This Day in History
480 B.C.: This is… Salamis: Famous not only for its decisiveness, but also for its unlikely victors, the Battle of Salamis is one of the most famous naval battles in history. In the midst of the Greco-Persian Wars, the Persians held a superior position as the more powerful civilization. Greek City states, like Athens and Sparta temporarily ceased their rivalry for the war effort. The Athenian Thucydides and the Spartan Eurybiades led the Greek fleet. The Navy was dominated by the Athenians, the traditional Greek naval power. Xerxes, the Persian king, set up a throne on a cliff to watch the battle in the Straits of Salamis. Though heavily outnumbered, the Greeks won, staving off the Persian advance into the Pelopennese.
1692: Thou Art a Witch!: The Salem Witch Trials, which had dominated the small Massachusetts settlement for the better part of a year, hanged the last of its convicts on this day in 1692. Seven women and one man were executed, and over the next year the rest of the suspects were released or found not guilty. The Witch trials began with several teenagers, who convinced the jurors of their accusations by barking like dogs, and hallucinate, claiming in the courtroom the see spectral versions of those on trial. One of the victims, Martha Corey was claimed to have been seen in beams of the courthouse suckling a small yellow bird. Her husband, Giles was pressed to death a few days earlier, by placing large rocks on his chest. His last words were famously, “More weight!”
1823: Hello, my name is Elder Smith: Joseph Smith, a Vermonter who moved his family to Upstate New York, had begun supposedly seeing visions of God the Father, Jesus, and an angel named Moroni. The burned over District, where he lived, was a site of intense religious fervor during what is called the Second Great Awakening. Smith was directed to a spot in the woods where the “Golden Plates,” were buried. On them was the record of an ancient American civilization, said to be descended from the Israelites of the Bible. Joseph later began distributing a translation of the plates under the title, “Book of Mormon.” He eventually began accumulating followers, which would be known eventually as the Jesus Christ Church of Latter Day Saints, or the Mormon Church. Mormons were not trusted by mainstream Americans, especially for their early practice of polygamy. Smith and his followers moved gradually west, settling for a time in Nauvoo, IL. He was arrested in Carthage, IL, for polygamy, in 1844. He was killed by a mob that stormed the jailhouse.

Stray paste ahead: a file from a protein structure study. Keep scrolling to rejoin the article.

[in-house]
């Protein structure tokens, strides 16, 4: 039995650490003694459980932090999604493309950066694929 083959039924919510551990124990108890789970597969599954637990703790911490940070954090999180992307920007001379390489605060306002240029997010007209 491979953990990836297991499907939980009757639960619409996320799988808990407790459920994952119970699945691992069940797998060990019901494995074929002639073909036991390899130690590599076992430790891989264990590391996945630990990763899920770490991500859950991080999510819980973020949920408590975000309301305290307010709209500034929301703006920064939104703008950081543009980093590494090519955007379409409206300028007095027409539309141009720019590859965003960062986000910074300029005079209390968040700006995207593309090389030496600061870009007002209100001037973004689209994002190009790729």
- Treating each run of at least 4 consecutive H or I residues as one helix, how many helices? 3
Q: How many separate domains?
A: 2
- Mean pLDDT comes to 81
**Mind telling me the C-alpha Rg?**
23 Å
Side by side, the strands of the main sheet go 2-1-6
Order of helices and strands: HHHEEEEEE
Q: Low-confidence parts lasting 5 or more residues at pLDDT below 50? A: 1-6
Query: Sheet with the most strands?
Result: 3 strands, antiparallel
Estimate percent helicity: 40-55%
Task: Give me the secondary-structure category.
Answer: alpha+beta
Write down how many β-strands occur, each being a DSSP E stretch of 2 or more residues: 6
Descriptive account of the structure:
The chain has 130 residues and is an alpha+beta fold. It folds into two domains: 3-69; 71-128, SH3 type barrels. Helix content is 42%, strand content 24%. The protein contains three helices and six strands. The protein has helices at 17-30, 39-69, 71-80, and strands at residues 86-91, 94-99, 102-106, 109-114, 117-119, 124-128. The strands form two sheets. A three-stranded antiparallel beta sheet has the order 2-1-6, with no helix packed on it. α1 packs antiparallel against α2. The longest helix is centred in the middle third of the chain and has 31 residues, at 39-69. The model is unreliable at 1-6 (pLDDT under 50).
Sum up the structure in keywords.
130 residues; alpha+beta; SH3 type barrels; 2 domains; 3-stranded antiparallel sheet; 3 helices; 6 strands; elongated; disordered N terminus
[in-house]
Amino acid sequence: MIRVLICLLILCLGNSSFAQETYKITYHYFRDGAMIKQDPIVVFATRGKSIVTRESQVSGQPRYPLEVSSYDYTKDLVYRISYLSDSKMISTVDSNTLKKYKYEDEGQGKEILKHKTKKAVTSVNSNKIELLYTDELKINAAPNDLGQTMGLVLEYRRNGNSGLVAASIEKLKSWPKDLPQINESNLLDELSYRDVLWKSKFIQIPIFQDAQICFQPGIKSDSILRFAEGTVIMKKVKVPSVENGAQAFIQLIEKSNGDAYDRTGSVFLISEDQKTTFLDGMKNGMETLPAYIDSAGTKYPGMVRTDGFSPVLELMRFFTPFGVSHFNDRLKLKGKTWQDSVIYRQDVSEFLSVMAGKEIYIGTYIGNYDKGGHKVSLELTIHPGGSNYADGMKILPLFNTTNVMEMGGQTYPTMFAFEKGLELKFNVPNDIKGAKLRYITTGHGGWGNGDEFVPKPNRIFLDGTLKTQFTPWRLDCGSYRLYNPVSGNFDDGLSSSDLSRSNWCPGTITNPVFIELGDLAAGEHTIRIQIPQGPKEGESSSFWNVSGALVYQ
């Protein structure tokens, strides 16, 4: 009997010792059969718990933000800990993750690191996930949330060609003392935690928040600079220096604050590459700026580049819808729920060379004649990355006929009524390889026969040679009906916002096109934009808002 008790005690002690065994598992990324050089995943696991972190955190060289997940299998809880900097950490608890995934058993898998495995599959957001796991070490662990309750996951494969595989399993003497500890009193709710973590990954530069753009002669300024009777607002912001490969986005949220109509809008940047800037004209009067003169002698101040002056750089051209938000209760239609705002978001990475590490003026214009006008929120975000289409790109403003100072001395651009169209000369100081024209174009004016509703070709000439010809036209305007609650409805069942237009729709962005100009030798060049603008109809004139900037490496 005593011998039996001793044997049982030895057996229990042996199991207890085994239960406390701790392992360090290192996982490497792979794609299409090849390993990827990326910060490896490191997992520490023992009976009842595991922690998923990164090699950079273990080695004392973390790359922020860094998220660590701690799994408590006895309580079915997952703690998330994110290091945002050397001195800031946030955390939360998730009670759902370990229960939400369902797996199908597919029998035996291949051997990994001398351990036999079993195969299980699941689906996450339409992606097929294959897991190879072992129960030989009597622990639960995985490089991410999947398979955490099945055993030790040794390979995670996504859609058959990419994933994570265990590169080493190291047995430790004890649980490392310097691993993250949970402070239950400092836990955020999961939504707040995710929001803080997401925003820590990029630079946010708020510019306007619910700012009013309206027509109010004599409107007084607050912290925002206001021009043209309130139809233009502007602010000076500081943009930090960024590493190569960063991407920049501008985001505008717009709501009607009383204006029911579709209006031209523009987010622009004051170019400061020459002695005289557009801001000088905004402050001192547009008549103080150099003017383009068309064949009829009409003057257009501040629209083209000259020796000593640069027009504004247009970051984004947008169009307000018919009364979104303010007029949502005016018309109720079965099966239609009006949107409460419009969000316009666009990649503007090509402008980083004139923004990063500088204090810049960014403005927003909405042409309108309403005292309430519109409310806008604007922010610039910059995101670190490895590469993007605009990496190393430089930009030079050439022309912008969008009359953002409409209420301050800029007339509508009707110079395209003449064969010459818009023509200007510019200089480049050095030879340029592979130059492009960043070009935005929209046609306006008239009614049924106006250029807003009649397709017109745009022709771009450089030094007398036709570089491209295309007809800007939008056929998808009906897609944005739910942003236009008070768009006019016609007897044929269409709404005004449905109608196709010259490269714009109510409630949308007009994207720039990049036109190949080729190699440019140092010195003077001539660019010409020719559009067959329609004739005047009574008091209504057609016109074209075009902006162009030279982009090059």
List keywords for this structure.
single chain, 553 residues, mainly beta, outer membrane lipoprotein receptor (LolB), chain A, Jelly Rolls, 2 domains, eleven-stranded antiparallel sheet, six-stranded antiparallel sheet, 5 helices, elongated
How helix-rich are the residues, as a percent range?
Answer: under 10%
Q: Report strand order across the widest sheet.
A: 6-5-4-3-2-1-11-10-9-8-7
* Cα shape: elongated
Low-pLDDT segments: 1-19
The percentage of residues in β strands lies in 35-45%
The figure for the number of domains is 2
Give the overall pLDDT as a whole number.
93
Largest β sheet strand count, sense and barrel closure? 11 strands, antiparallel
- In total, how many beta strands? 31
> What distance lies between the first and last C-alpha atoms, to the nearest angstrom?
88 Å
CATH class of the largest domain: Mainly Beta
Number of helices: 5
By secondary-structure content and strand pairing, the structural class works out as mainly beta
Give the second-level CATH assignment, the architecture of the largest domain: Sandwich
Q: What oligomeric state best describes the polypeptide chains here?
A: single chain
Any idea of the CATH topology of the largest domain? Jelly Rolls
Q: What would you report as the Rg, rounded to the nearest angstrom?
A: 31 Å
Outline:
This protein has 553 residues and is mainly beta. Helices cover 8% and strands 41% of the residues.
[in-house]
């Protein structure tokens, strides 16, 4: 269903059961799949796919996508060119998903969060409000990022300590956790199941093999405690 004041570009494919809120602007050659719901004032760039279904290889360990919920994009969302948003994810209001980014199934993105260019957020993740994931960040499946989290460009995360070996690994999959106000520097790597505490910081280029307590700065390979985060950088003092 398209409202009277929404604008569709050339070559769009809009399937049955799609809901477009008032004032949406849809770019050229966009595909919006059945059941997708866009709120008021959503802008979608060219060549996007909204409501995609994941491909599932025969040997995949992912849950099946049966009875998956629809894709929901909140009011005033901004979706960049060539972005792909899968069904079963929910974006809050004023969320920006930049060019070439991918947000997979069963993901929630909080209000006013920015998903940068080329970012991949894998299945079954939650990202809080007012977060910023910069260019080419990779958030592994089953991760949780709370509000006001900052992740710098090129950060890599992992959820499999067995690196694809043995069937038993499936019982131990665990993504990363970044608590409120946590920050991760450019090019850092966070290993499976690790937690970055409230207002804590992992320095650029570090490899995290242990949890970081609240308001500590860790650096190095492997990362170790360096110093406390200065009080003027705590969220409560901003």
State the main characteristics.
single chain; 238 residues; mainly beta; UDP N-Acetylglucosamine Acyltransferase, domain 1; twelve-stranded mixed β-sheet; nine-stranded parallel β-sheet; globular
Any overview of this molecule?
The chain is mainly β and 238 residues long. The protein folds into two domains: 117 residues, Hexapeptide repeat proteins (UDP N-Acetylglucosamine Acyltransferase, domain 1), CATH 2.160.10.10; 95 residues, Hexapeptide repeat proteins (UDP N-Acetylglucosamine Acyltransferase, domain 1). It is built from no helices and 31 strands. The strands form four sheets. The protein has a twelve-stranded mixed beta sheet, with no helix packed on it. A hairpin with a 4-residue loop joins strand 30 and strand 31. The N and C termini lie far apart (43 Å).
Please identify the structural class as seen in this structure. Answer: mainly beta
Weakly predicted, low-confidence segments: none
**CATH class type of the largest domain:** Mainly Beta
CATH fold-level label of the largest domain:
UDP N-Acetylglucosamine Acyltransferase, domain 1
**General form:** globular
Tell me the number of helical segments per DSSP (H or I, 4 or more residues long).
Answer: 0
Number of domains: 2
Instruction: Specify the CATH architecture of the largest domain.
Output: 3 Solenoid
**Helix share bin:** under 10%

1862: Emancipation Proclamation: Though not actually issued as an executive order until January 1, 1862, a preliminary version of the Emancipation Proclamation was released on this day in 1862. The Civil War had begun the previous year when Southern, slave holding states, declared their independence in an act of secession. By September of 1862, the Battle of Antietam gave the Lincoln administration the morale it needed to issue the preliminary Emancipation Proclamation. Lincoln, who claimed to had made a covenant with God to issue it if the Union took Maryland. One common misconception about the Emancipation Proclamation was that it freed all the slaves. In reality, it only freed slaves in the Confederacy, and even then the order would not be entirely realized at once. Slaves in Union territories were still in bondage, and the Proclamation could not be enforced until the Union took those areas of the Confederate States.
1980: Iraq Invades Iran: The previous year, Iran underwent the Islamic Revolution, where Muhammad Reza Shah Pahlavi, was overthrown and replaced the Ayatollah Khomeini. The Revolution was led by a coalition of fervent Shiites, who decried the Shah’s oppressive regime and increasing secularization of Iranian society. Neighboring Iraq was led by Saddam Hussein, a dictator who followed an Arab nationalist ideology called Ba’athism. As a result of a border dispute, and a fear of Iraqi Shiites following their Iranian brethren in revolution, Iraq invaded Iran. The United States actually was on Iraq’s side, as Iran had unequivocally declared the United States an enemy, because they backed the ousted Shah regime. The war would last eight years, and ended in a stalemate.